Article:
3. The business has grown to the size of an average firm. In this case, it makes sense to rent a full version of a large UNF in the cloud in order to get (via a web client or thin client) additional functionality - CRM (plans include CRM in a mobile UNF, but so far only available in a large version), warehouse management, extended pricing, the ability to work with banks and so on . In this case, the number of mobile devices working with large UNFs is not limited (for each device an additional fee is charged according to the tariff as for one workplace; 1 license for UNFs in Freche or for “boxed” UNFs gives the right to use free of charge and 1 mobile application )


    Application Monetization Experience

    The UNF mobile application, as I already wrote, is free. Some time ago, we decided to monetize our application (using the built-in shopping functionality implemented in the 1C: Enterprise mobile platform version 8.3.8 ), selling additional functionality - production, and the ability to synchronize with additional mobile devices.


    The purchase of the Production functionality is a one-time purchase, and the ability to synchronize with additional mobile devices is framed as a subscription, which must be renewed every month. Interestingly, 3 weeks after adding the purchase functionality, the mobile UNF got into the top 15 Google Play in sales of business applications.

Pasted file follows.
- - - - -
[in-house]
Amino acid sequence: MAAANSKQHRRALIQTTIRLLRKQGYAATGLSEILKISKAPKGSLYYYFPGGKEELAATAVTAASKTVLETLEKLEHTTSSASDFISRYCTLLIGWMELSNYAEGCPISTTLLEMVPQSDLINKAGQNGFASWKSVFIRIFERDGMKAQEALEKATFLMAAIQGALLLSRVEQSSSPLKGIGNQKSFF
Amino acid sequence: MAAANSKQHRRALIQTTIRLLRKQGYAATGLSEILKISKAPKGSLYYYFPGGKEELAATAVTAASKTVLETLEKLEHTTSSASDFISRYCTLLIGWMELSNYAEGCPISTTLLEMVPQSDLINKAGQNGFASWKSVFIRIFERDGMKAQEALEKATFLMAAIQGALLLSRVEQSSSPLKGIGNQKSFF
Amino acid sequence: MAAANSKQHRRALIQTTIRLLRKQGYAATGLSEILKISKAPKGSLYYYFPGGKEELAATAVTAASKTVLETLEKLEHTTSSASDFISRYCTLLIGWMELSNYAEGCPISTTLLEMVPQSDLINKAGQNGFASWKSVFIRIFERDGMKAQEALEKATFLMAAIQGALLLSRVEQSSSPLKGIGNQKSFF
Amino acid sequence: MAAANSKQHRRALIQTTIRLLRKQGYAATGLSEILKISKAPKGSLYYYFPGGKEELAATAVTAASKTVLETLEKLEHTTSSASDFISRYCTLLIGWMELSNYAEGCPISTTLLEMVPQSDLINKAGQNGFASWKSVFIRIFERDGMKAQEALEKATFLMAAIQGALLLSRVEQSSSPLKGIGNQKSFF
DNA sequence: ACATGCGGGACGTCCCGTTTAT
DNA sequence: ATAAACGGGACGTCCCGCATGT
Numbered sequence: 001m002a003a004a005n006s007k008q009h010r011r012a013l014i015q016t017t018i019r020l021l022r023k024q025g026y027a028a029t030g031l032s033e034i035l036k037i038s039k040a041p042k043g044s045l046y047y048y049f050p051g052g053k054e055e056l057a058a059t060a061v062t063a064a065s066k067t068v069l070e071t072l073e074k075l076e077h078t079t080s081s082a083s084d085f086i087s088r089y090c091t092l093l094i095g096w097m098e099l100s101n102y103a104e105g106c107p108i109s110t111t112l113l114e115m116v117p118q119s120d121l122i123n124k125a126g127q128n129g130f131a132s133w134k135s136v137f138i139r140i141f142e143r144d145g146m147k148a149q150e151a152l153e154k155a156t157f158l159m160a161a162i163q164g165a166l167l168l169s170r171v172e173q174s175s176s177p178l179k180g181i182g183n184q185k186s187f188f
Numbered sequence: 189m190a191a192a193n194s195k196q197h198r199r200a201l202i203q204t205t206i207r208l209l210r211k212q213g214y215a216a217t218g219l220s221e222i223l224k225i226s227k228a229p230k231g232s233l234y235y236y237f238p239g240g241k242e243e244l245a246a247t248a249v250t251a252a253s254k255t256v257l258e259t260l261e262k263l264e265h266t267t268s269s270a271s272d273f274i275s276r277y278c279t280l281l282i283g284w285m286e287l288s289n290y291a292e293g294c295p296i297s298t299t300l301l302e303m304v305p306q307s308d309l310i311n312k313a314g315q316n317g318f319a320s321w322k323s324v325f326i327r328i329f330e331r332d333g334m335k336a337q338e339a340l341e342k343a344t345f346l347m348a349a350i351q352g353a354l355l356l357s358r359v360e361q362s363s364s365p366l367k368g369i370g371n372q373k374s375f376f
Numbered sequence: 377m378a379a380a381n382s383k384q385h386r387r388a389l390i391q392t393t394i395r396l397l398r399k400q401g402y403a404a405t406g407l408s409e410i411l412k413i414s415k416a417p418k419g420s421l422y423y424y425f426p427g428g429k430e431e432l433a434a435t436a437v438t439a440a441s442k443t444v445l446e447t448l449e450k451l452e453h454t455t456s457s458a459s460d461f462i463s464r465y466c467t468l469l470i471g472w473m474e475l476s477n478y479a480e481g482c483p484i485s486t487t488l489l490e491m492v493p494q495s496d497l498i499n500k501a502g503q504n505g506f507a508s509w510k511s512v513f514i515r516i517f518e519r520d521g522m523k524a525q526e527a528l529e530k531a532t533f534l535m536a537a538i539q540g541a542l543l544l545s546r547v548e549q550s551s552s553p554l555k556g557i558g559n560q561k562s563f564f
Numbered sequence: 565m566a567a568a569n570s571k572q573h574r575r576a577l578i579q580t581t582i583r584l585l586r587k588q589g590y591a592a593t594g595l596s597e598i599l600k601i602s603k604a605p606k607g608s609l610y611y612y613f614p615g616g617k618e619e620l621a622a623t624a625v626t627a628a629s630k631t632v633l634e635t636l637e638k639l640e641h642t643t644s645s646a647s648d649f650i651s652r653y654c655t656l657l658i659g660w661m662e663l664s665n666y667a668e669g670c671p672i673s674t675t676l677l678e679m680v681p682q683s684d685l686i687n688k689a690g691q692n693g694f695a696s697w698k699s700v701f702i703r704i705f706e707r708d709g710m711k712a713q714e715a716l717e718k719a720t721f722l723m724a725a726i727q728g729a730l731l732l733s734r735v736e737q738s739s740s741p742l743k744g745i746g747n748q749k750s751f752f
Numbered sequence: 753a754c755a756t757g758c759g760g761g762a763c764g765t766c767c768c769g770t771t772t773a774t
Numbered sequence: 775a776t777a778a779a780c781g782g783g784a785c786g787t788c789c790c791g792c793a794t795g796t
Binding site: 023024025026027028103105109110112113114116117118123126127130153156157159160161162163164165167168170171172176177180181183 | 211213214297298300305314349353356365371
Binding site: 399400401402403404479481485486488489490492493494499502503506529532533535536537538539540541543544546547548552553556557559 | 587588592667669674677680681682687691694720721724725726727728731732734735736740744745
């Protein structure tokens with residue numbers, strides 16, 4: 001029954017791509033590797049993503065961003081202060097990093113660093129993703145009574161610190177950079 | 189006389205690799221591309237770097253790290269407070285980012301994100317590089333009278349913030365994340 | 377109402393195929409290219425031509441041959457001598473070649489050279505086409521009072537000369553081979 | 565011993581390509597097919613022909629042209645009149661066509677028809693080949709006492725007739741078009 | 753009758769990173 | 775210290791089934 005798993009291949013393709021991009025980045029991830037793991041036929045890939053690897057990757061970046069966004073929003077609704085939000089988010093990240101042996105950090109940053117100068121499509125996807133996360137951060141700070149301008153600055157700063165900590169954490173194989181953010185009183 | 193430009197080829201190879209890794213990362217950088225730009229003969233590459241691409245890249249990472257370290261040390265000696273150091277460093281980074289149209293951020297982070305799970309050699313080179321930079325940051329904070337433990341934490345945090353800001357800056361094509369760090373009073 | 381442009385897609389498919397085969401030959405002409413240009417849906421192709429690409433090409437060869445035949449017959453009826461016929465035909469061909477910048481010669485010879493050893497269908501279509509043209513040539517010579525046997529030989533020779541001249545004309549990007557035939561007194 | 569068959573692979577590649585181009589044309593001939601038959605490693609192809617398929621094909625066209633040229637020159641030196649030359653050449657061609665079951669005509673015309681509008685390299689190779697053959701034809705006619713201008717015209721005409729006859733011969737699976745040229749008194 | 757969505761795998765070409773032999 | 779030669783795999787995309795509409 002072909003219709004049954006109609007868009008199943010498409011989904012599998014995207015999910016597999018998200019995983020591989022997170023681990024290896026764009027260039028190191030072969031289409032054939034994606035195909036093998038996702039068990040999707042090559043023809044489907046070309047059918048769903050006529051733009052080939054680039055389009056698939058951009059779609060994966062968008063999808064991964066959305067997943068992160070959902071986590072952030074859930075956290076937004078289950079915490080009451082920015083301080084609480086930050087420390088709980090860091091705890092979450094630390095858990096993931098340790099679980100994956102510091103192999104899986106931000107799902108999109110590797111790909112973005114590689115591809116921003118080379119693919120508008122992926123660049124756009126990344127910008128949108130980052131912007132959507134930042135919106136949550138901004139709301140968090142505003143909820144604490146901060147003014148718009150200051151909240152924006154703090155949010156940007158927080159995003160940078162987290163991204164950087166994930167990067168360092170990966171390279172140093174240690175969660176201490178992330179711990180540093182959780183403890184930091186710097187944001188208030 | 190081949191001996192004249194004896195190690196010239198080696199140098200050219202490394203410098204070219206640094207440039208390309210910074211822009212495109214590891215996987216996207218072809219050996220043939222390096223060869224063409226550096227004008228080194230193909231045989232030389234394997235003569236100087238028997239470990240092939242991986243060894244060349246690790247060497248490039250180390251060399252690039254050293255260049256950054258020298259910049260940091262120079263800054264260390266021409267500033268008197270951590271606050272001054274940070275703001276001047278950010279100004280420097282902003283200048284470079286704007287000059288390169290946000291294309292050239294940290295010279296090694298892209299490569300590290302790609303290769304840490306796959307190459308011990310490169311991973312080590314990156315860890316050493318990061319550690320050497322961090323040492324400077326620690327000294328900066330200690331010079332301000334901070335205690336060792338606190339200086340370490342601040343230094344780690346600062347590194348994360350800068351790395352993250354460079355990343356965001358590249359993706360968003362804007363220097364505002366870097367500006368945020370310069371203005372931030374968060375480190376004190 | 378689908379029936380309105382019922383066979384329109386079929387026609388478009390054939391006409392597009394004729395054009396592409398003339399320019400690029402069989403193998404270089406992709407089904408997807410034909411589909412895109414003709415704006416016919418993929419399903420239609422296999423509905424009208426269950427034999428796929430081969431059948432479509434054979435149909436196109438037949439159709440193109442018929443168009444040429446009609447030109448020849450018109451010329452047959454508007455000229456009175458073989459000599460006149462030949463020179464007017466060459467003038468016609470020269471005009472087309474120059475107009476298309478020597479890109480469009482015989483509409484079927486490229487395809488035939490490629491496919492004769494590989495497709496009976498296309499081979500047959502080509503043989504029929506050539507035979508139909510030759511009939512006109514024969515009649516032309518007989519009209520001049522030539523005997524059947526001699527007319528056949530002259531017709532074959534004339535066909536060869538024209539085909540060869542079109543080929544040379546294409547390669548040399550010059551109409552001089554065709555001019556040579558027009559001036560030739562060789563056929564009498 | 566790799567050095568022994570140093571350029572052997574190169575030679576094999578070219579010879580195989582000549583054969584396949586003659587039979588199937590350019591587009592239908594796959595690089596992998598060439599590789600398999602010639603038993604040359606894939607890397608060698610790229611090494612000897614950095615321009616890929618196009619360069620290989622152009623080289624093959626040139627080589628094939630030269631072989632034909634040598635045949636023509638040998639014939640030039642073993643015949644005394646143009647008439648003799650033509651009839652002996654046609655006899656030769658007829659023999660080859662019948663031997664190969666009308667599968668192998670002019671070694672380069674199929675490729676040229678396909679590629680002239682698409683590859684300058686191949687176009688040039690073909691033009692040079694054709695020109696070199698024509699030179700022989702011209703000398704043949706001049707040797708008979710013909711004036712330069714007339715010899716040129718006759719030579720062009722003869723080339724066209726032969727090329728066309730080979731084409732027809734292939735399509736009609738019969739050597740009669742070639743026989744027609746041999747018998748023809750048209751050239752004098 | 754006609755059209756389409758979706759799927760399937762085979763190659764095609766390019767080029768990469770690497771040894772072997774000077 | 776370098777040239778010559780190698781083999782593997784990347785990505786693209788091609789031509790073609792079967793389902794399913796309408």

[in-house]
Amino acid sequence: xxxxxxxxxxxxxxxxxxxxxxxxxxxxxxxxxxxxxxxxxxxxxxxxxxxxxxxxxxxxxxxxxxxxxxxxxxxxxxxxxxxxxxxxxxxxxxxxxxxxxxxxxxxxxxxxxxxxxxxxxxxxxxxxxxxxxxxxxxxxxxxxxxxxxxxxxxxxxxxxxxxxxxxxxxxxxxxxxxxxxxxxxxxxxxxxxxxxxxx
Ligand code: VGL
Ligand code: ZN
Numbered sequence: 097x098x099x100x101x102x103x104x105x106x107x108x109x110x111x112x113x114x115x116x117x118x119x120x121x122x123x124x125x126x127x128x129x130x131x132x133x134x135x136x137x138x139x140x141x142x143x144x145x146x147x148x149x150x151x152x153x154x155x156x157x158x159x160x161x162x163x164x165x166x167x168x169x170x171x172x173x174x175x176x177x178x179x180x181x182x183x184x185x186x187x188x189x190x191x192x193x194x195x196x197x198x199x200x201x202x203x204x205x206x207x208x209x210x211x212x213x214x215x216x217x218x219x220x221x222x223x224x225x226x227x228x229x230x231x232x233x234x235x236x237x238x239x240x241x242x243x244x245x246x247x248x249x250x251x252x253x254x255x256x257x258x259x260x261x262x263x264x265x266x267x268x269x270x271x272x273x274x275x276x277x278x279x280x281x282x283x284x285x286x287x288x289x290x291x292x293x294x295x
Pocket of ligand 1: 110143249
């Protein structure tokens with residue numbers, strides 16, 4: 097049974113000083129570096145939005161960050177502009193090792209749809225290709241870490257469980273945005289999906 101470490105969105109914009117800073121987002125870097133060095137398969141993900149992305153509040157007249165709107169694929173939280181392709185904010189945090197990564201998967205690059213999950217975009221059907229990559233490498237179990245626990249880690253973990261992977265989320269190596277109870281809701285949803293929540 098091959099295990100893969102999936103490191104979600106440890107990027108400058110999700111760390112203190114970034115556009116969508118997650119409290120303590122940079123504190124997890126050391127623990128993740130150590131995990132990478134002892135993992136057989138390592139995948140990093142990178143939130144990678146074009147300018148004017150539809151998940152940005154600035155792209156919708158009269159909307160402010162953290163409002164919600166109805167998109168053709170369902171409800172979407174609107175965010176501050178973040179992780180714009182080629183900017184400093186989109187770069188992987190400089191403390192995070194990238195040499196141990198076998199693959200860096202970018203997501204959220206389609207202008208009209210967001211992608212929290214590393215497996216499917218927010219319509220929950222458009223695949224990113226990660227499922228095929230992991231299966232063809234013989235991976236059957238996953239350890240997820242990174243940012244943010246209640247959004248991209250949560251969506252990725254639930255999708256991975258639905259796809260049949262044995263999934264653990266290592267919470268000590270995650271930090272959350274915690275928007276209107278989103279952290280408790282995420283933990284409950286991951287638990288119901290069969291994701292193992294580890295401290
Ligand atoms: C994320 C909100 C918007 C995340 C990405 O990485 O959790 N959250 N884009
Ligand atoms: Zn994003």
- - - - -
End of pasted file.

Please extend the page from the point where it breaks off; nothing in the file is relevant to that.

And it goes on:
Mobile UNF is a relatively small (in terms of the amount of source code), but rather popular product. We hope that the story about its evolution will be useful to the creators of mobile end-user products using both 1C technologies and other development tools.

    It will be useful to recall that on the 1C mobile platform you can make applications that interact not only with the 1C server backend; the protocols used for data exchange in mobile applications on the 1C platform are platform-independent (web and HTTP services, XML and JSON support, etc.). So if you need to quickly and dynamically develop a cross-platform (Android, iOS, Windows) mobile client, and with the possibility of offline work without a permanent Internet connection for your business application, then 1C mobile platform may well be the best choice for you.